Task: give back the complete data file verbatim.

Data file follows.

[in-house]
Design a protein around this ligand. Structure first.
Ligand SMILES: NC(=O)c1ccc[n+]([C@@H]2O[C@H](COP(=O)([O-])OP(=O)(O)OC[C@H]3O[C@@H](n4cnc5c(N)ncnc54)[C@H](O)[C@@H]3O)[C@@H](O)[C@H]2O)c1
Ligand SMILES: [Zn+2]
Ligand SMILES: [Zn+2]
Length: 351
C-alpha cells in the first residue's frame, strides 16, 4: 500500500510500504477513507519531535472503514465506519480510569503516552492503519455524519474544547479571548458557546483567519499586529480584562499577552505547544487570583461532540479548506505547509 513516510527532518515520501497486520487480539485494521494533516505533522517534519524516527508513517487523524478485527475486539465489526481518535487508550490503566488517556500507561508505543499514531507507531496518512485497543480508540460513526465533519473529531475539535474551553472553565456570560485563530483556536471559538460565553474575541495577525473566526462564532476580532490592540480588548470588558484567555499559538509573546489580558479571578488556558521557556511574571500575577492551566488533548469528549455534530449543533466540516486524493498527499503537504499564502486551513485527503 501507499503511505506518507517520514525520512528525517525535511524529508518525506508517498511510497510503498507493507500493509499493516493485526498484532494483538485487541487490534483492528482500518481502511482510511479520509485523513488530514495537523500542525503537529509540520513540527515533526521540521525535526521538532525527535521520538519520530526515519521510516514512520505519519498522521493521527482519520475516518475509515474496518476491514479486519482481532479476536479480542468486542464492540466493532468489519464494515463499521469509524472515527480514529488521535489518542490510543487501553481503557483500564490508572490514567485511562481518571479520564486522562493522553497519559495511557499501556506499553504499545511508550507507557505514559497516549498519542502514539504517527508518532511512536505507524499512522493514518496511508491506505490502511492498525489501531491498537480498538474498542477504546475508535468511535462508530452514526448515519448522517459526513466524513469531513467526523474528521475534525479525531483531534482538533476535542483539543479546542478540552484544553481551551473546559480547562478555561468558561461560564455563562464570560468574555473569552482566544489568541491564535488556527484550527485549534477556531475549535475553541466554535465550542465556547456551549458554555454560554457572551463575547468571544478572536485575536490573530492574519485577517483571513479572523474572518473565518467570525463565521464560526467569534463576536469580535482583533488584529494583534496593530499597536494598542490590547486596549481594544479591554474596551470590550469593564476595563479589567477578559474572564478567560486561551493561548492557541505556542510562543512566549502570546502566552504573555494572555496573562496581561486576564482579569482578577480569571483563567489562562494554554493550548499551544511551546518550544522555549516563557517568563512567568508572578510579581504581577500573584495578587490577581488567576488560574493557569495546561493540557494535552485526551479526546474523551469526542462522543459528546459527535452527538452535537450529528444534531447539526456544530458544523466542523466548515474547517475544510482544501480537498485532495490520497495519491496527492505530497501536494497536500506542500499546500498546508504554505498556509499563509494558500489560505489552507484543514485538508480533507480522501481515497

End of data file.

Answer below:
[in-house]
Design a protein around this ligand. Structure first.
Ligand SMILES: NC(=O)c1ccc[n+]([C@@H]2O[C@H](COP(=O)([O-])OP(=O)(O)OC[C@H]3O[C@@H](n4cnc5c(N)ncnc54)[C@H](O)[C@@H]3O)[C@@H](O)[C@H]2O)c1
Ligand SMILES: [Zn+2]
Ligand SMILES: [Zn+2]
Length: 351
C-alpha cells in the first residue's frame, strides 16, 4: 500500500510500504477513507519531535472503514465506519480510569503516552492503519455524519474544547479571548458557546483567519499586529480584562499577552505547544487570583461532540479548506505547509 513516510527532518515520501497486520487480539485494521494533516505533522517534519524516527508513517487523524478485527475486539465489526481518535487508550490503566488517556500507561508505543499514531507507531496518512485497543480508540460513526465533519473529531475539535474551553472553565456570560485563530483556536471559538460565553474575541495577525473566526462564532476580532490592540480588548470588558484567555499559538509573546489580558479571578488556558521557556511574571500575577492551566488533548469528549455534530449543533466540516486524493498527499503537504499564502486551513485527503 501507499503511505506518507517520514525520512528525517525535511524529508518525506508517498511510497510503498507493507500493509499493516493485526498484532494483538485487541487490534483492528482500518481502511482510511479520509485523513488530514495537523500542525503537529509540520513540527515533526521540521525535526521538532525527535521520538519520530526515519521510516514512520505519519498522521493521527482519520475516518475509515474496518476491514479486519482481532479476536479480542468486542464492540466493532468489519464494515463499521469509524472515527480514529488521535489518542490510543487501553481503557483500564490508572490514567485511562481518571479520564486522562493522553497519559495511557499501556506499553504499545511508550507507557505514559497516549498519542502514539504517527508518532511512536505507524499512522493514518496511508491506505490502511492498525489501531491498537480498538474498542477504546475508535468511535462508530452514526448515519448522517459526513466524513469531513467526523474528521475534525479525531483531534482538533476535542483539543479546542478540552484544553481551551473546559480547562478555561468558561461560564455563562464570560468574555473569552482566544489568541491564535488556527484550527485549534477556531475549535475553541466554535465550542465556547456551549458554555454560554457572551463575547468571544478572536485575536490573530492574519485577517483571513479572523474572518473565518467570525463565521464560526467569534463576536469580535482583533488584529494583534496593530499597536494598542490590547486596549481594544479591554474596551470590550469593564476595563479589567477578559474572564478567560486561551493561548492557541505556542510562543512566549502570546502566552504573555494572555496573562496581561486576564482579569482578577480569571483563567489562562494554554493550548499551544511551546518550544522555549516563557517568563512567568508572578510579581504581577500573584495578587490577581488567576488560574493557569495546561493540557494535552485526551479526546474523551469526542462522543459528546459527535452527538452535537450529528444534531447539526456544530458544523466542523466548515474547517475544510482544501480537498485532495490520497495519491496527492505530497501536494497536500506542500499546500498546508504554505498556509499563509494558500489560505489552507484543514485538508480533507480522501481515497